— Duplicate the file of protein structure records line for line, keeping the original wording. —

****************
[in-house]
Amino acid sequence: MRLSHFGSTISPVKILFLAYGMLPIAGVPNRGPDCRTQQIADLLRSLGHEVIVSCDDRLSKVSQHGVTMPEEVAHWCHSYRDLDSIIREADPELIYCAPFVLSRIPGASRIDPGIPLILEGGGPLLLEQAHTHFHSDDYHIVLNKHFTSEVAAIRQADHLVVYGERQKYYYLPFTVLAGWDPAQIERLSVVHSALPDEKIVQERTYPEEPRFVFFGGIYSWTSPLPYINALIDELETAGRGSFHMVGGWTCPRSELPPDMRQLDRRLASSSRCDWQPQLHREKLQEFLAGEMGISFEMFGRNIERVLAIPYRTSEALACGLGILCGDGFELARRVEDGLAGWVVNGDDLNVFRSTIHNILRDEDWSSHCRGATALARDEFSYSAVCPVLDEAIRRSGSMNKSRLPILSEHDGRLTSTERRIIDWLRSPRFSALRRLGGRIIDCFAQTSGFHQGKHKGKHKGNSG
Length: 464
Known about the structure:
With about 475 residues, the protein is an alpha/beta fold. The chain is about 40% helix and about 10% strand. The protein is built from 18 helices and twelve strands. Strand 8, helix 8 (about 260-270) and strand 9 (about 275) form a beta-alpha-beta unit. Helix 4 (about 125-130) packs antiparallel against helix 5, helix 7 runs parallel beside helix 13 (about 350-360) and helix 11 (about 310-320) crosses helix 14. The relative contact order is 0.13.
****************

[in-house]
Amino acid sequence: MRLSHFGSTISPVKILFLAYGMLPIAGVPNRGPDCRTQQIADLLRSLGHEVIVSCDDRLSKVSQHGVTMPEEVAHWCHSYRDLDSIIREADPELIYCAPFVLSRIPGASRIDPGIPLILEGGGPLLLEQAHTHFHSDDYHIVLNKHFTSEVAAIRQADHLVVYGERQKYYYLPFTVLAGWDPAQIERLSVVHSALPDEKIVQERTYPEEPRFVFFGGIYSWTSPLPYINALIDELETAGRGSFHMVGGWTCPRSELPPDMRQLDRRLASSSRCDWQPQLHREKLQEFLAGEMGISFEMFGRNIERVLAIPYRTSEALACGLGILCGDGFELARRVEDGLAGWVVNGDDLNVFRSTIHNILRDEDWSSHCRGATALARDEFSYSAVCPVLDEAIRRSGSMNKSRLPILSEHDGRLTSTERRIIDWLRSPRFSALRRLGGRIIDCFAQTSGFHQGKHKGKHKGNSG
Length: 464
Known about the structure:
With about 475 residues, the protein is an alpha/beta fold. The chain is about 40% helix and about 10% strand. The protein is built from 18 helices and twelve strands. Strand 8, helix 8 (about 260-270) and strand 9 (about 275) form a beta-alpha-beta unit. Helix 4 (about 125-130) packs antiparallel against helix 5, helix 7 runs parallel beside helix 13 (about 350-360) and helix 11 (about 310-320) crosses helix 14. The relative contact order is 0.13.